And even if that was enough, the colour art is done by the aforementioned living legend that is Dave Stewart is sublime. Stewart has coloured nearly every book (that Jordie Bellaire hasn’t coloured already, anyway), and there’s a reason why he’s one of the most in-demand colourists in the industry. His tones can go from muted and grey with sparse tones, to bright and four-colour CMYK and everywhere in-between. There has yet to have been bad work from Stewart, and he can improve any artist’s line work, like how a good film score improves an already good film.

 

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In conclusion, Black Hammer is a labour of love for Lemire, Ormston, and Stewart. It is tribute in the best way possible, and takes the best tropes from the best superhero comics and reshapes them in a new, fun, interesting way. It has a multitude of characters that are all fascinating, compelling, and great to read- not one character in this book disinterests me at any time or point, they’re all that interesting to learn about. That’s why, in this critic’s humble opinion, it is the best superhero comic on the stands today.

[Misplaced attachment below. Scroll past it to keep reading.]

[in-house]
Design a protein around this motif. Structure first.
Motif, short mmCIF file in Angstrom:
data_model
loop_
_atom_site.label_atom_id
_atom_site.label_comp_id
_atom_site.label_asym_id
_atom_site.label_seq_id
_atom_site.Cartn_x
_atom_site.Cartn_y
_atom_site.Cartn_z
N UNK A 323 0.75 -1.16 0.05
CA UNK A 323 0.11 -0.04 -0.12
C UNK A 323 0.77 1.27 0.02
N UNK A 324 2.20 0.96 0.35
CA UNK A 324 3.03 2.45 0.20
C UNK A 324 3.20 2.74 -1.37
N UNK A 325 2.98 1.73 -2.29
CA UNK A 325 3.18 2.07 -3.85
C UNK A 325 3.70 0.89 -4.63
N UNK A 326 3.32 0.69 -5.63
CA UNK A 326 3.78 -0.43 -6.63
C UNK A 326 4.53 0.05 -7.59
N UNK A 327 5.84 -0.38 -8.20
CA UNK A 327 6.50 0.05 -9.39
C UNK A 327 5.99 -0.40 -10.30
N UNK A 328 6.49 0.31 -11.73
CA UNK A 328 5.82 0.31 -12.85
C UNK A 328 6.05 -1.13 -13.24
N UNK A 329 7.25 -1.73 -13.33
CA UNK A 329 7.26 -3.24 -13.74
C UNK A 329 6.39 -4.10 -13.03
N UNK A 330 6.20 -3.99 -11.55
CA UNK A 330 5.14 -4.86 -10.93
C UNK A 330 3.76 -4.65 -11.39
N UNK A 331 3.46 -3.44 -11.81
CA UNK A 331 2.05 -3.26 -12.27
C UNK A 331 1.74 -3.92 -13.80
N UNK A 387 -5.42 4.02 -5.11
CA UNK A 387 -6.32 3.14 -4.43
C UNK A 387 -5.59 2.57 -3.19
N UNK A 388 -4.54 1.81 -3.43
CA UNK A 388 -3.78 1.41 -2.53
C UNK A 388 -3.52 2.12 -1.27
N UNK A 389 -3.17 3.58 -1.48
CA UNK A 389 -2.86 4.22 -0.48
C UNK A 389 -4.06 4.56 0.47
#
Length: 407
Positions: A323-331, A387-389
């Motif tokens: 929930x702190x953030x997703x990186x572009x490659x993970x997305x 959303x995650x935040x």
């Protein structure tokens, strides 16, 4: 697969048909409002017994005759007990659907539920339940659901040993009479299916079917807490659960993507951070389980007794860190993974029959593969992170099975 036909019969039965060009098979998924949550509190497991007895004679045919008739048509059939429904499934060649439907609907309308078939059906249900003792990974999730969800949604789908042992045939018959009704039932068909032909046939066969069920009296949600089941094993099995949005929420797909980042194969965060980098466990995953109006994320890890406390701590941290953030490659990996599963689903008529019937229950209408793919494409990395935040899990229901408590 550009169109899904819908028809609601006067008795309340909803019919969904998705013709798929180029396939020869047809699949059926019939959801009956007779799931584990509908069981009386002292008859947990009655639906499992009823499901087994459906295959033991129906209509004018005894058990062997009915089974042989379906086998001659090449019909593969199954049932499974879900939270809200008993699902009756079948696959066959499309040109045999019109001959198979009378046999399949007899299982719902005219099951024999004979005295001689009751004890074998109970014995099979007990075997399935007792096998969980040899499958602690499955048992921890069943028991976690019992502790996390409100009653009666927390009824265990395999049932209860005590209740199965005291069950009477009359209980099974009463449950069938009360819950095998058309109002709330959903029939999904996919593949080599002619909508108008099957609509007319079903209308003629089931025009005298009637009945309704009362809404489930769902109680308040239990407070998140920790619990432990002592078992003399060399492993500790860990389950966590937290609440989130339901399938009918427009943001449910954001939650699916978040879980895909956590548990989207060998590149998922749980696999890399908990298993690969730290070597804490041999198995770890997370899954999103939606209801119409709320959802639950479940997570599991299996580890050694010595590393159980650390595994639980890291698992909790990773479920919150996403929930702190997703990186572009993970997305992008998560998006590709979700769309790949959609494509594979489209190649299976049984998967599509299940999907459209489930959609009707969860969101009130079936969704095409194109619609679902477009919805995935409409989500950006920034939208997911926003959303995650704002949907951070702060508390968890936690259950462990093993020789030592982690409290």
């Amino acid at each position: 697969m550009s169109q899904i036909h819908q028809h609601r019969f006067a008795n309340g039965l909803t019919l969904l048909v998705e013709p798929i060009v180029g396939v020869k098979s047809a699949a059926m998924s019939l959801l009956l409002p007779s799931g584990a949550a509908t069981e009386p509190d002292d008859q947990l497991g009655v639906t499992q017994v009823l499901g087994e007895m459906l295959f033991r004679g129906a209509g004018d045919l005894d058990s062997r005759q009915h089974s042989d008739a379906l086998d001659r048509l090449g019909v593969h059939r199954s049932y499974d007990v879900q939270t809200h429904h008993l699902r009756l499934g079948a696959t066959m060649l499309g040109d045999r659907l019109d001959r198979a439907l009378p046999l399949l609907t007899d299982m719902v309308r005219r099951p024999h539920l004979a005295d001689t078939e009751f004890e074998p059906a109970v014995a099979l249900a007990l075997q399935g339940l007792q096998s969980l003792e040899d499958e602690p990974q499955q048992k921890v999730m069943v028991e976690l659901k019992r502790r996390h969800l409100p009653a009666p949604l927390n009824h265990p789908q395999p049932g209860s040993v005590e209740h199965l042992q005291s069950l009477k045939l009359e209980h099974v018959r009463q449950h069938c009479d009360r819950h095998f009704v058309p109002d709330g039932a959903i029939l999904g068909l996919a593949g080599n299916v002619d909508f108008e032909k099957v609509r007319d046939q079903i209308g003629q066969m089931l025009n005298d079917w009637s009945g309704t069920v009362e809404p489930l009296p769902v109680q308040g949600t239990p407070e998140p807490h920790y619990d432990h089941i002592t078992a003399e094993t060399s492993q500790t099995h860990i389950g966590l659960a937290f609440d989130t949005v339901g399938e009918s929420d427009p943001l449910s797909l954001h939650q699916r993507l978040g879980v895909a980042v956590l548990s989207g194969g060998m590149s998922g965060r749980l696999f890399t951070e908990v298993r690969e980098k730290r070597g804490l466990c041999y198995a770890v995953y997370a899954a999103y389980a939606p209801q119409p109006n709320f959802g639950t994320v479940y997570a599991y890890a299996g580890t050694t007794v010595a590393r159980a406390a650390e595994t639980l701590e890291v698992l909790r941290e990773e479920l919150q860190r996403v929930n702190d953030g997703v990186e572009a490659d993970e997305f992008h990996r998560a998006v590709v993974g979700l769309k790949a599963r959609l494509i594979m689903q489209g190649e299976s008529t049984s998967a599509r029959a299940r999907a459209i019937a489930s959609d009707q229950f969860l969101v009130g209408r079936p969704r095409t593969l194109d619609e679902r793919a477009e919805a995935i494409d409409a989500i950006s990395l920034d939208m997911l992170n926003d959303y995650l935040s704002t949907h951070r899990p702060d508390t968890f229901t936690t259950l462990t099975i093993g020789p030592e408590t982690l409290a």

HeadshotPhoto Credit: Nathan Boone

 

Colin O’Neill lives on a tiny island in Canada that you’ve never heard of. When not thinking about comics, he’s trying different kinds of craft beer or attending open mic shows. He studied political science in university, and drinks to forget the perils of neo-liberal globalization. He was also voted most clumsy in high school, but wasn’t present to accept the award.